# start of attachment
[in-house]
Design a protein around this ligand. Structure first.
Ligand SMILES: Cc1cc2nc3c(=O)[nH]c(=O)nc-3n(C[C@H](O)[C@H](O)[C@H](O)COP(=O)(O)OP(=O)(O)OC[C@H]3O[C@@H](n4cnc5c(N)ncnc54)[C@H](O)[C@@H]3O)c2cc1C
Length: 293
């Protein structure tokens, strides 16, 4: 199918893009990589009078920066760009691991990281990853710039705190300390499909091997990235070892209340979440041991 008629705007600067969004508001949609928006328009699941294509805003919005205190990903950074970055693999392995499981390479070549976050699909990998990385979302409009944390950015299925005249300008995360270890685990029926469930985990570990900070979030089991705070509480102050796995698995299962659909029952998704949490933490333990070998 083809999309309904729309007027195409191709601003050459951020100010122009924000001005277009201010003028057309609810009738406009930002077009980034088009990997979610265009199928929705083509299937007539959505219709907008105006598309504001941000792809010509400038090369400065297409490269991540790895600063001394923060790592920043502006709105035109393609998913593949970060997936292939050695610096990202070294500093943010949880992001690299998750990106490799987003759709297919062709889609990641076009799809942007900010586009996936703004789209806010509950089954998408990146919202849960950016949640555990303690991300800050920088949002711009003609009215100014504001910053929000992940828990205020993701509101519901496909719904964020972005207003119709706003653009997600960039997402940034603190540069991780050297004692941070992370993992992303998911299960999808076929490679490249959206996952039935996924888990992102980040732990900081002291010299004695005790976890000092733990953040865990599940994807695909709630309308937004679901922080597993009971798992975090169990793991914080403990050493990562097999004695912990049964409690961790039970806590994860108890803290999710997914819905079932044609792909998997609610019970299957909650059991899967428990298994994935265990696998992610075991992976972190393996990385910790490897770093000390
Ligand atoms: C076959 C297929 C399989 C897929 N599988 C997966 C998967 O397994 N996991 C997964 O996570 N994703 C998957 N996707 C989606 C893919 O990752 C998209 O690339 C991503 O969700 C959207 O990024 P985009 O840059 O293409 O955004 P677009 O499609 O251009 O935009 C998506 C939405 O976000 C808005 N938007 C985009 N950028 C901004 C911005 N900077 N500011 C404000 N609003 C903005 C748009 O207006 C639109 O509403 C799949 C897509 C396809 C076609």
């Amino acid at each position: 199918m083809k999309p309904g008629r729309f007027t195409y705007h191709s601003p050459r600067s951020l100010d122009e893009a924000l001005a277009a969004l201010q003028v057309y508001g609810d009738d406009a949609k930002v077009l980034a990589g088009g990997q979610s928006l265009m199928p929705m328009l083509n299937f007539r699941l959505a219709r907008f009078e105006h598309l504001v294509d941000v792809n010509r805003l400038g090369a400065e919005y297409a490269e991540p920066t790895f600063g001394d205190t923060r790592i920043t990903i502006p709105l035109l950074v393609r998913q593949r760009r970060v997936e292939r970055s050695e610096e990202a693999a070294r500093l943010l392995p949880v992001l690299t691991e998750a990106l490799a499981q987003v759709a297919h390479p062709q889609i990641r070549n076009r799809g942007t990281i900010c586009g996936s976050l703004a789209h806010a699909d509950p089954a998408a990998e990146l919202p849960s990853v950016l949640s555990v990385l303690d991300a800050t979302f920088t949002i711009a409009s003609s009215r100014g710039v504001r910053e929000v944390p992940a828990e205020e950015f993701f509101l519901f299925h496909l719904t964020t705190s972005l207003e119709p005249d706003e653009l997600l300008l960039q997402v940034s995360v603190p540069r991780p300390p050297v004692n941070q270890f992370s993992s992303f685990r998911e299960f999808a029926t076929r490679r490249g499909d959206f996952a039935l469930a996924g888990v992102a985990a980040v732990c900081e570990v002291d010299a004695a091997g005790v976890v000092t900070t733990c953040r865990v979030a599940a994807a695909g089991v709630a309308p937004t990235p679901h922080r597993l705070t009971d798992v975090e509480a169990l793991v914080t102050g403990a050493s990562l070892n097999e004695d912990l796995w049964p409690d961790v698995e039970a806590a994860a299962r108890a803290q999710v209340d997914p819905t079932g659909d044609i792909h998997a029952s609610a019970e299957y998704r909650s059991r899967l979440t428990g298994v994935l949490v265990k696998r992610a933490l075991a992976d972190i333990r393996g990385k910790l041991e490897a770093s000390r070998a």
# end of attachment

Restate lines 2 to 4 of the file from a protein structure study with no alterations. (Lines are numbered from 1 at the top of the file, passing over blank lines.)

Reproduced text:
Design a protein around this ligand. Structure first.
Ligand SMILES: Cc1cc2nc3c(=O)[nH]c(=O)nc-3n(C[C@H](O)[C@H](O)[C@H](O)COP(=O)(O)OP(=O)(O)OC[C@H]3O[C@@H](n4cnc5c(N)ncnc54)[C@H](O)[C@@H]3O)c2cc1C
Length: 293